Let Hope In, Session 3: Holding Out Hope

holdingouthope

by Jennifer McCaman

No one understands hope like a college student. Every time you read a chemistry book till 5 a.m., pay your tuition, or work a double shift only to be rewarded by your minimum-wage paycheck, you’re forced to remind yourself that this is not for the rest of your life. You’re hoping for something more. Your hope isn’t a passive, “I sure hope one day things will be different.” Your hope is active— a daily decision to wake up, go to class, go to work, study, eat cheap pizza, and go to sleep. That hope propels you to make the sacrifices you need to make to realize your future, even though it might seem like a long way off now.

More Than a Feeling

In a feelings-frenzy world, it’s easy to think of hope as a warm fuzzy when life is going well. But our hope is founded in more than emotions. Spiritually, we have a kind of hope the world doesn’t understand. In 1 Timothy 1:1, Paul says “our hope” is in the Person of Jesus Christ. The writer of Hebrews calls our hope a “sure and firm anchor of the soul,” keeping us steady even in the storm of unpredictable feelings (6:19). When we choose to follow Christ, we have hope that affects every area of our lives, even our grief (1 Thessalonians 4:13).

The world’s hope looks a little different. The world places hope in money, relationships, careers, fame, and pleasure. People without Christ might “hope” for a better life, but theirs is a passive, wishful-thinking kind of hope — a watered-down version of the real thing. I’m sure you know people chasing this kind of hope. You probably have a friend or roommate hoping for the American dream: a big house, fat bank account, new car, and the perfect family. The hopes of the world will always fail. But in Christ, it’s the opposite. Our hope cannot fail, even in the hardest times.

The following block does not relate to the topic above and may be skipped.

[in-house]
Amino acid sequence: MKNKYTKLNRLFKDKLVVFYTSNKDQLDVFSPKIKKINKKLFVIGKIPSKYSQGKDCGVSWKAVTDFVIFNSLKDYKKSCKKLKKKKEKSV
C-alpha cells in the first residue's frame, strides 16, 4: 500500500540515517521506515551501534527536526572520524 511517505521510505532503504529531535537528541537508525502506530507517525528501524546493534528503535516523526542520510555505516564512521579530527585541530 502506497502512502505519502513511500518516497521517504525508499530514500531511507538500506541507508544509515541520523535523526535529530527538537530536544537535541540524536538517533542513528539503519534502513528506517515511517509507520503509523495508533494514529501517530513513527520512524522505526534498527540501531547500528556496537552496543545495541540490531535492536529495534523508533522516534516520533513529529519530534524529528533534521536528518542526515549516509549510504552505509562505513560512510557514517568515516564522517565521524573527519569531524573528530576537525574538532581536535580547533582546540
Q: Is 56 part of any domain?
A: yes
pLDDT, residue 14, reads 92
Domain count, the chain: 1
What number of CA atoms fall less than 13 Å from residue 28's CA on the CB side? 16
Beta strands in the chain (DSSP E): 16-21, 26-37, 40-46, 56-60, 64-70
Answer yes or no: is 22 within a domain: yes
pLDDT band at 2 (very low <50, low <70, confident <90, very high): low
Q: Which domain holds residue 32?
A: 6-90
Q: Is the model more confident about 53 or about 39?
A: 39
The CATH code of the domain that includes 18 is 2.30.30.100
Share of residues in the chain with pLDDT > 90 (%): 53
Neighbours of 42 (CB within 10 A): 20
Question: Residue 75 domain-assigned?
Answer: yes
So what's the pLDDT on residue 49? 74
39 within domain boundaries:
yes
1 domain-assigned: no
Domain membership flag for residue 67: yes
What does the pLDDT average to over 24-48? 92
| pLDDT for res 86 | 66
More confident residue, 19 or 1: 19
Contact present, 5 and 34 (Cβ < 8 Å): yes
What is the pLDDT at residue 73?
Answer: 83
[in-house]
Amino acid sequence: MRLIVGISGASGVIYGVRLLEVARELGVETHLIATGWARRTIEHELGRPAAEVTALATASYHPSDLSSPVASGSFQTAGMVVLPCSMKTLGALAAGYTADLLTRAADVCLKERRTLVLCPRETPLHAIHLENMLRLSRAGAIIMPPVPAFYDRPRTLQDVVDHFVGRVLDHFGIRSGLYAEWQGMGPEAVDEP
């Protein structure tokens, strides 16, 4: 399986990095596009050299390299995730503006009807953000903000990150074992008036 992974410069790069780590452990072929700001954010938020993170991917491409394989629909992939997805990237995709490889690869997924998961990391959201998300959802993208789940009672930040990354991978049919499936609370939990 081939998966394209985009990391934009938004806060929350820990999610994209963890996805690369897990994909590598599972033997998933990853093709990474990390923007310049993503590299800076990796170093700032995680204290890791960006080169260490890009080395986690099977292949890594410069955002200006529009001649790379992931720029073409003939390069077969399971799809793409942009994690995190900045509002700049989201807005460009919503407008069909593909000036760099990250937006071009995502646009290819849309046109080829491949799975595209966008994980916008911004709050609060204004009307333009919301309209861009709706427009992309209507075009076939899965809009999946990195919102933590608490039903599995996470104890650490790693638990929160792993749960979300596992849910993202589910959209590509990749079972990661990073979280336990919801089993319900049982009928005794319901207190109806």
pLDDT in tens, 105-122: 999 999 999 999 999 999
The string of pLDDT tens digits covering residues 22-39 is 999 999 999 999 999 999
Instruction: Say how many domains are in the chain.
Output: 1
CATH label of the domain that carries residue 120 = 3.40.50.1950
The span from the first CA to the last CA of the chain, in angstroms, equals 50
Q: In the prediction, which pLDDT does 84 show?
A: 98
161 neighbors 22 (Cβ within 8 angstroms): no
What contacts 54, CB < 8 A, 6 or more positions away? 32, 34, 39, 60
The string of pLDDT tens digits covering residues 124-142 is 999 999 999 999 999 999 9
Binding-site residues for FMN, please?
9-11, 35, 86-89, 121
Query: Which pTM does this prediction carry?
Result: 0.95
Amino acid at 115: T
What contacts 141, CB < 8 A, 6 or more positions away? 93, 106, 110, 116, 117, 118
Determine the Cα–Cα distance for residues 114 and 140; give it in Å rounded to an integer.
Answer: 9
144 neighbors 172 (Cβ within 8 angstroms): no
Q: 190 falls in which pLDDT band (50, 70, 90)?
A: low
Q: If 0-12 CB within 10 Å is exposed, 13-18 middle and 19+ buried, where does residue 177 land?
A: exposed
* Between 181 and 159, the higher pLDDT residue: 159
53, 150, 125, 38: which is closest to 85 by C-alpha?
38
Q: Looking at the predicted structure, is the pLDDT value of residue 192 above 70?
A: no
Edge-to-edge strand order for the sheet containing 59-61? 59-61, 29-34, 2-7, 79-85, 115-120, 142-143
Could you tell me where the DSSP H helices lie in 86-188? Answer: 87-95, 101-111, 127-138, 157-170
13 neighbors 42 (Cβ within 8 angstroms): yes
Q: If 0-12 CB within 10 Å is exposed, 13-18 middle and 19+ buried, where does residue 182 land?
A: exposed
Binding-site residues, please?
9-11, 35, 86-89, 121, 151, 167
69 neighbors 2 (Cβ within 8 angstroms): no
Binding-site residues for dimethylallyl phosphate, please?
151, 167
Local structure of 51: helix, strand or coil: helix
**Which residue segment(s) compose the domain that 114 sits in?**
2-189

Make a Statement

In 2 Kings we see a man who lived his hope in front of an entire kingdom. King Hezekiah became ruler of Judah when he was 25 years old. Unlike his ancestors, he placed all his hope in God. Scripture says, “He held fast to the LORD and did not turn from following Him (18:6).” Though the powerful kingdom of Assyria destroyed other nations, Hezekiah refused to bow. He got rid of idols and wholeheartedly followed the Lord.

We see from Hezekiah that true hope in God always results in action. Despite an enemy army that vastly outnumbered Judah, Hezekiah refused to bow. His hope probably looked ridiculous to outside nations.

When you place your hope in Christ, your life will rarely make sense to non-believers. While our hope plays out in many ways, your hope could be something as simple as waking up early on Sunday to go to church even when you don’t want to or refusing to cheat on that difficult final exam even if it means failing the class. Or placing your hope in Christ could mean waiting until you’re married to have sex because you know God has more in store for you. Our hope looks foolish to those who don’t know Christ, but trusting in Him is actually the greatest wisdom anyone could have (see 1 Corinthians 1:21-25).

The hopes of the world will always fail. But in Christ, it’s the opposite. Our hope cannot fail, even in the hardest times.

Always a Hater

When the Assyrian king heard about Hezekiah’s refusal to surrender, he sent an army led by Rabshakeh to taunt the people of Judah into submission. His mission wasn’t to physically destroy them, but to break their hope.

Why is it sometimes easier to hurt physically than lose hope? When an enemy succeeds in stealing our hope, he or she knows the battle is already won. Rabshakeh threatened and bribed, but his tactics were met by a very loud silence. Hezekiah’s hope was contagious, and his people refused to be broken.